Ravi has been feeling very weak and fatigued for the last few days. He visits his doctor, who asks Ravi about his medical and family history and performs a physical exam. He then prescribes a Complete Blood Count (CBC) test for Ravi.
The results of the CBC come back and Ravi is informed by his doctor that he has Anemia. Ravi wants to know more about this condition and its possible treatments. He researches about anemia and its treatment and finds the following information:
What is Anemia?
Anemia is a condition where the number of red blood cells in the blood decreases. The protein in red blood cells is hemoglobin. Hemoglobin carries oxygen and delivers it through the whole body. In anemia, the hemoglobin level also decreases. If hemoglobin is low enough, the tissues or organs may not get enough oxygen.
Around one-third of the world’s population has a form of anemia. Symptoms of Anemia include weakness, fatigue, shortness of breath, paleness of skin. There are over 400 types of anemia. Anemia develops due to other health issues that interfere with the RBC production of the body or increase the rates of breakdown or loss of these cells. The most common causes of Anemia are blood loss, decreased or impaired RBCs, and destruction of RBCs.
Certain types of anemia are hereditary and are passed through genes. Iron- deficiency risk in women is high because of loss of blood from menstruation and higher demands of blood supply in pregnancy. Older adults often suffer from anemia because of their likelihood of having kidney disease and other chronic conditions. A doctor can diagnose anemia through a CBC blood test. The treatments vary but they may involve blood transfusion, iron and vitamin supplements, and bone marrow transplants.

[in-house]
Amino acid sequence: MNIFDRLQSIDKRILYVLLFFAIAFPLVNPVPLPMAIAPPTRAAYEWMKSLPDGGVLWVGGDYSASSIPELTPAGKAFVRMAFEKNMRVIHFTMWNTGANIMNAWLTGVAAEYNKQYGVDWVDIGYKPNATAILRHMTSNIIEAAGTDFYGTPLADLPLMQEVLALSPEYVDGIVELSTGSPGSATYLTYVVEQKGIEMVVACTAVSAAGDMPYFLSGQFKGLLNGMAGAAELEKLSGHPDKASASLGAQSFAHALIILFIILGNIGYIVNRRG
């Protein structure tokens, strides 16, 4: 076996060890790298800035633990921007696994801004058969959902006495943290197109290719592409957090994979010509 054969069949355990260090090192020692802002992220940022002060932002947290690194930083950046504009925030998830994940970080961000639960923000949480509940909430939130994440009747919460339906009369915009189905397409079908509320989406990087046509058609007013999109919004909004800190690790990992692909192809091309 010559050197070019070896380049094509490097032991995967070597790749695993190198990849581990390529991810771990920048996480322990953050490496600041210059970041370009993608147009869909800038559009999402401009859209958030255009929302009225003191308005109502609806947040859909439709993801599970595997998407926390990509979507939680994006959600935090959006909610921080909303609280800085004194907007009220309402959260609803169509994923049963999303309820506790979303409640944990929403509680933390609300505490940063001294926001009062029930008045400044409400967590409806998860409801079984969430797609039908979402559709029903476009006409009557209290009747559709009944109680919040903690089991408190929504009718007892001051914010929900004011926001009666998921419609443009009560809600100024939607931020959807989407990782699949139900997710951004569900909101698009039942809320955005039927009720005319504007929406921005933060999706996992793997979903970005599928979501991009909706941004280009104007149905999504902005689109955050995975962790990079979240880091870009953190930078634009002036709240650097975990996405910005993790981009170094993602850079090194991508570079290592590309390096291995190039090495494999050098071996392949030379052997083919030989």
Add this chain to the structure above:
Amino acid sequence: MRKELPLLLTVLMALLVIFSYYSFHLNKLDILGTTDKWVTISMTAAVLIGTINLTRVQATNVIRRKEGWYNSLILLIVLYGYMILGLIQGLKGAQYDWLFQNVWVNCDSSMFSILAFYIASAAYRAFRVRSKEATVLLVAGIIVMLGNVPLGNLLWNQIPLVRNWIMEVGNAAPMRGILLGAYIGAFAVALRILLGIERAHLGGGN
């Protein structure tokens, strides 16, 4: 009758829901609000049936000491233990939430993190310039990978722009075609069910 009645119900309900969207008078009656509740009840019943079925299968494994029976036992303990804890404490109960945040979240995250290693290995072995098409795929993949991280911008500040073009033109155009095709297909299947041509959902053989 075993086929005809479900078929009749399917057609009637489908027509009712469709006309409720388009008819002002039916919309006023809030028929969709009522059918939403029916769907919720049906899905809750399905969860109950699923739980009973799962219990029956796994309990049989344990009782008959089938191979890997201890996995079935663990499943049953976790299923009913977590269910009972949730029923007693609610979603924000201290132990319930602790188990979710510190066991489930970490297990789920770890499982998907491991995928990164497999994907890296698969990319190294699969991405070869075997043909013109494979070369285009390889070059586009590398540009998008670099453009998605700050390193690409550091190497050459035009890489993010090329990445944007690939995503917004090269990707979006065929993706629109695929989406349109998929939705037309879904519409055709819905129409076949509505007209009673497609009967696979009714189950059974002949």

Treatment of Anemia
There are many different types of anemia. The cause of Anemia determines its treatment.
- Iron deficiency anemia: A common type of anemia in which the blood lacks healthy red blood cells. Without enough iron, hemoglobin in red blood cells is not sufficiently produced which leads to oxygen shortage. Treatment for this kind of anemia involves taking iron supplements and making dietary changes that can help. For some people, the treatment involves receiving iron through a vein.
If blood loss- other than menstruation- is the cause of the iron deficiency, the source of bleeding has to be located and stopped.
- Vitamin deficiency anemia: A lack of healthy red blood cells caused because of lower amounts of vitamins like folate, vitamin B-12, and vitamin C. Treatment involves dietary supplements and increasing nutrients in the diet in case of folic acid and vitamin C deficiency. Vitamin B-12 shots might be required if the patient’s digestive system has trouble absorbing vitamin B-12 from his or her diet.
- Anemia of chronic disease: Anemia of chronic disease is having low levels of RBCs because of autoimmune diseases or other chronic diseases. No particular treatment is available for this kind of anemia. The doctor will focus on resolving the underlying condition. In severe circumstances, a blood transfusion or an injection of a synthetic hormone, Erythropoietin (EPO) that might help in stimulating the production of red blood cells might be administered. Erythropoietin is produced in the kidney and makes red blood cells.